There is no abandonment of scripture. Regardless of what the extremists might claim, there is no place in scripture that directly addresses the specific ethical issue with which we are currently struggling. There is much in scripture in regards to lust, promiscuity and infidelity, but nothing that speaks directly to the reality we face today. We are not abandoning our tradition, which continues to inform our corporate life. However, we do not value some of the "unspoken" traditions, such as "don't ask, don't tell," which appears to be the way the Bishop of Durham has chosen to address this issue in his diocese.
Nor do we feel obligated to wait for a consensus of all of Christendom before moving in the direction we feel the Spirit of the living God has led us. If we had done so in the past, slavery would not be recognized as an evil institution today and the gifts that women have to offer the Church would still be in debate, to mention just two examples.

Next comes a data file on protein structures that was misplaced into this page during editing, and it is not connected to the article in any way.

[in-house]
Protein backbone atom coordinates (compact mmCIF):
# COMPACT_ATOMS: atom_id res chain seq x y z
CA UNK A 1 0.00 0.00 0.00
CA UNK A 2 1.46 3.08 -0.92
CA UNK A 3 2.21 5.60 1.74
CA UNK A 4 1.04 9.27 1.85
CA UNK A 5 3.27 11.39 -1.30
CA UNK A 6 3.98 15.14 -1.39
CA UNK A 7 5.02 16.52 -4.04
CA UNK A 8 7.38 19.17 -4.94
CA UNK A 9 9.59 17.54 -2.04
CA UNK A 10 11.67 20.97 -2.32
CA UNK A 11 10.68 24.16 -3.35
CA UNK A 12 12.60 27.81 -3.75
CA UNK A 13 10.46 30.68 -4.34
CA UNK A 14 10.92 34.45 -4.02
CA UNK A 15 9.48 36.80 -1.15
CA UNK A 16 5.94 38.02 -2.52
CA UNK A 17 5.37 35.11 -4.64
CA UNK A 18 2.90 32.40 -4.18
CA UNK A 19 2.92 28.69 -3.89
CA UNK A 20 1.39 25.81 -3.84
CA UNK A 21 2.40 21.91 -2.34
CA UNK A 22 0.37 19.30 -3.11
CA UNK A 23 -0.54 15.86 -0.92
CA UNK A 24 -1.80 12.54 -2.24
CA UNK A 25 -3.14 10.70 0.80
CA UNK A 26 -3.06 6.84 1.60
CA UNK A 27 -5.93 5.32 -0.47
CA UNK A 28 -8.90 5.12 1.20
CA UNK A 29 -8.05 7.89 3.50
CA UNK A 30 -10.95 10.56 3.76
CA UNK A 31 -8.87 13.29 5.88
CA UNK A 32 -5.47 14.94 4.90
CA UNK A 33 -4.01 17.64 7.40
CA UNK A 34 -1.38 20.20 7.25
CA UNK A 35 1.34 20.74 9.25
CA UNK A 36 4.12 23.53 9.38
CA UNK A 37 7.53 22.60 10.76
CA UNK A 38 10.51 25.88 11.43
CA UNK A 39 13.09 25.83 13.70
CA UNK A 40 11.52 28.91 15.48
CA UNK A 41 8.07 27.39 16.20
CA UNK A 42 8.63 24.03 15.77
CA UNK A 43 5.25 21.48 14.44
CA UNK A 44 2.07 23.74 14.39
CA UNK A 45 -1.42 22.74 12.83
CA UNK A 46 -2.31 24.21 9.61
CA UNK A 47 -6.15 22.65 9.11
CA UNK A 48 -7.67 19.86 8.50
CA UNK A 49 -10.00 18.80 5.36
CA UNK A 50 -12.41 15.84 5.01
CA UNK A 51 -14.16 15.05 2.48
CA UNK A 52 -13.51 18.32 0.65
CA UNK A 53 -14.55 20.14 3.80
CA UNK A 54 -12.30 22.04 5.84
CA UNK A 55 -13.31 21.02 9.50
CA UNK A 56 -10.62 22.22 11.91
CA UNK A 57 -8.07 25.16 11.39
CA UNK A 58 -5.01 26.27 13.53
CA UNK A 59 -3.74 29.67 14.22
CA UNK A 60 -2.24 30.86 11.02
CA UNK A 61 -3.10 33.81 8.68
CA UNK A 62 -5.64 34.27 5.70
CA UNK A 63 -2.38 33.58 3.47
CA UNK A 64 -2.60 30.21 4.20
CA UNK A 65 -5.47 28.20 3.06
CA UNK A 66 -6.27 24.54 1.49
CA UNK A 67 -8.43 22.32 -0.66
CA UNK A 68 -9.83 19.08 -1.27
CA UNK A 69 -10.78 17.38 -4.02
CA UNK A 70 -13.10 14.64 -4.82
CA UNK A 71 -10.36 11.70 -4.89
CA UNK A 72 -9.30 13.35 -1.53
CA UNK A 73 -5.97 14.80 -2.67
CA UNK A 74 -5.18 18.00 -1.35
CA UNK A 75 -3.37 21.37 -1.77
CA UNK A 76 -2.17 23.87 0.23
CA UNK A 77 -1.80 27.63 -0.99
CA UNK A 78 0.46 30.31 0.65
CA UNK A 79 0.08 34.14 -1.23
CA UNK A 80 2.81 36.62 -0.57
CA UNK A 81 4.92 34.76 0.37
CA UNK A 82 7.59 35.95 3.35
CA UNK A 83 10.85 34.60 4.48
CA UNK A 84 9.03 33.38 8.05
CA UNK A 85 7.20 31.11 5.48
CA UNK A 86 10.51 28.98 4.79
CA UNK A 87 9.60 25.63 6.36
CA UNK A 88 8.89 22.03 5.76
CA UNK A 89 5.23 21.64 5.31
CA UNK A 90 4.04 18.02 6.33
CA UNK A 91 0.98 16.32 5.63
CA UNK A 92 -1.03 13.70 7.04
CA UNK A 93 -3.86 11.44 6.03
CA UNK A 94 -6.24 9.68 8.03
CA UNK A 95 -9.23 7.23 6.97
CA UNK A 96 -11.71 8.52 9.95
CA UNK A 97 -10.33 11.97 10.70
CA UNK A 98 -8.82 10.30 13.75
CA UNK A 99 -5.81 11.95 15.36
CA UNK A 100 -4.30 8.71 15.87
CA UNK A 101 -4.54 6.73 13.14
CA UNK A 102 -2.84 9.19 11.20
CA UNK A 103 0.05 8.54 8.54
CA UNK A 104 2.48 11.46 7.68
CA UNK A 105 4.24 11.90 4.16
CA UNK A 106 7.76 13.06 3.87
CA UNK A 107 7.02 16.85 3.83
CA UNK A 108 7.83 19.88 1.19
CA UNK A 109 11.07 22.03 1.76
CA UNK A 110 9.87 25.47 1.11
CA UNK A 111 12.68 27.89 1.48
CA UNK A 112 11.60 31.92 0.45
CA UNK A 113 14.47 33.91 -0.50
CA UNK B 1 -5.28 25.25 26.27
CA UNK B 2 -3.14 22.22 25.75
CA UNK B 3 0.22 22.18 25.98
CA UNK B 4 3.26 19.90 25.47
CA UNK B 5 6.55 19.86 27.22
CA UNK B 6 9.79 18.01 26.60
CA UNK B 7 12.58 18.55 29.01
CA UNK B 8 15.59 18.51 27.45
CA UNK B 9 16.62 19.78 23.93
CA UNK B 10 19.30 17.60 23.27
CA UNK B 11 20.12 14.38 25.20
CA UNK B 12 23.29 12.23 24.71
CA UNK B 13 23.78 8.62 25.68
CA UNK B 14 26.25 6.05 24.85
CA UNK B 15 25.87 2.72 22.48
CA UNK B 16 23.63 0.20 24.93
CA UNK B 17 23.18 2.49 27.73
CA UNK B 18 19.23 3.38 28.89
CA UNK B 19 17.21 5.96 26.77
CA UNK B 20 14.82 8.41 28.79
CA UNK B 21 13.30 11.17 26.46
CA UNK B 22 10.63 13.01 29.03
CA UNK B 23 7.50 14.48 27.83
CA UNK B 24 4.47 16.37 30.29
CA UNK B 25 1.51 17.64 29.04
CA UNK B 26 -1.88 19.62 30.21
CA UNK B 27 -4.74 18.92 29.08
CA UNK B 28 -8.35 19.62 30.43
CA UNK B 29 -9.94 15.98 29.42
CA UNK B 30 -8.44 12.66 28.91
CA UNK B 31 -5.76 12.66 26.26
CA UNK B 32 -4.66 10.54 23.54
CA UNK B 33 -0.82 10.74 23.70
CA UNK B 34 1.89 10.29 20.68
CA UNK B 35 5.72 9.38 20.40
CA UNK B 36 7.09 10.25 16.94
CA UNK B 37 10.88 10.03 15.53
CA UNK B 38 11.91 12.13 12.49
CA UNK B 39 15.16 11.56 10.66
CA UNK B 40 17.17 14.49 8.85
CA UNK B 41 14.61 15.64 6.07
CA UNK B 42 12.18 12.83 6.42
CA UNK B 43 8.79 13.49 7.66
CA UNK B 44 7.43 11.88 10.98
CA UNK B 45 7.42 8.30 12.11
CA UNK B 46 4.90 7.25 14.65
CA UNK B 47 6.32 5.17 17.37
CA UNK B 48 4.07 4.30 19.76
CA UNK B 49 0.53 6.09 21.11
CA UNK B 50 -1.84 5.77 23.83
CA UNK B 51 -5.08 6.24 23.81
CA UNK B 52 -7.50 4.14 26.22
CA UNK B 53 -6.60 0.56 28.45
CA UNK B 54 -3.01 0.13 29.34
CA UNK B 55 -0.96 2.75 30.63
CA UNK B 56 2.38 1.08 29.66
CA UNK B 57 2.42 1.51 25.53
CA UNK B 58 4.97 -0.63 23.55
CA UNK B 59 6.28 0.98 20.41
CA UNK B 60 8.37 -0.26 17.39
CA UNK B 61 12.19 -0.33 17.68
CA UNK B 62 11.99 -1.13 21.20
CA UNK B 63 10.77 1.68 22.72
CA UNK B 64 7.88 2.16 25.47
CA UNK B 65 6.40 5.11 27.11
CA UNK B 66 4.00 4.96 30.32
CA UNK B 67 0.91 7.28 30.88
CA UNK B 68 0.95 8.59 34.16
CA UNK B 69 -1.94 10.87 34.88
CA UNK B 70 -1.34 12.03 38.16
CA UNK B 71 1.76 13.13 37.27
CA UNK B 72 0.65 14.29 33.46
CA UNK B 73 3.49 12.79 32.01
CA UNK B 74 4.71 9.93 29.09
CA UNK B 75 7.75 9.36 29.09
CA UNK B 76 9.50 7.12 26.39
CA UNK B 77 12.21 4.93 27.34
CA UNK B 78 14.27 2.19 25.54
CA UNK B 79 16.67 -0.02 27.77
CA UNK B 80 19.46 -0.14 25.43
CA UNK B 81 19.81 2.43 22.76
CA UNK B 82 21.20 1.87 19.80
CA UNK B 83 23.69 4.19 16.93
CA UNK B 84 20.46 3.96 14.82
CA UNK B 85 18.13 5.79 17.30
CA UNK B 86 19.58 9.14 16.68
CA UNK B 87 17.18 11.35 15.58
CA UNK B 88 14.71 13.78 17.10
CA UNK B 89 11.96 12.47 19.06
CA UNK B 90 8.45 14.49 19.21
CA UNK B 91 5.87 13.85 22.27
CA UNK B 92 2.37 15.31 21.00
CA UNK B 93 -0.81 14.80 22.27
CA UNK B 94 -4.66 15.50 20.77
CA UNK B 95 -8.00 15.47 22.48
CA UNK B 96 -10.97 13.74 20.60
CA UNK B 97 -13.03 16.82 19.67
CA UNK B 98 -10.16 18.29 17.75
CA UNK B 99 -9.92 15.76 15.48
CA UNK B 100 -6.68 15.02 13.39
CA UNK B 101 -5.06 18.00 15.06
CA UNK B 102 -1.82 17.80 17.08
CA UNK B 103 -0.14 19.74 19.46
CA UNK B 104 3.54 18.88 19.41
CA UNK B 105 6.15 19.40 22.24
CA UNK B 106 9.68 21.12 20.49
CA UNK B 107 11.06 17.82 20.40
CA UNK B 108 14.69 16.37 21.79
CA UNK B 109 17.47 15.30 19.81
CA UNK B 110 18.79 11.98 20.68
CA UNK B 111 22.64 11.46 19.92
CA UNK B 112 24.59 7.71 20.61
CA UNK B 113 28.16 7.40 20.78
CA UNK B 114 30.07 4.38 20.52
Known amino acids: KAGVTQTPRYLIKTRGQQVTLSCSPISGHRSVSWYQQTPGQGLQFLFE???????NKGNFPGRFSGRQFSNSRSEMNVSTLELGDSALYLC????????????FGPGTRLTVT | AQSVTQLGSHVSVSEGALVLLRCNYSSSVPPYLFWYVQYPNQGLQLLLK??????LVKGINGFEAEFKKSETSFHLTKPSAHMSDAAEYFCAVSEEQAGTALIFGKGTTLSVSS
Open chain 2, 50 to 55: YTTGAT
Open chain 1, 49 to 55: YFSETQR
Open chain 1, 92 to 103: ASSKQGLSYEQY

There is no doubt in my mind that 100 years from now, when the Church looks back on this era, the Episcopal Church will be considered one of the champions of the Good News of the radically inclusive love of God made known to us through Jesus Christ. That is the message those who have turned away from the Church long to hear. And that is the message we will continue to proclaim, whatever the cost may be. If those in other parts of the Church do not want to walk with us, then we will gather others in from the highways and byways. This is our mission; "to restore all people to unity with God and each other in Christ." We will not compromise it.
UPDATE: More from Jim, Mark, Richard, Marshall, Raspberry Rabbit and Thinking Anglicans.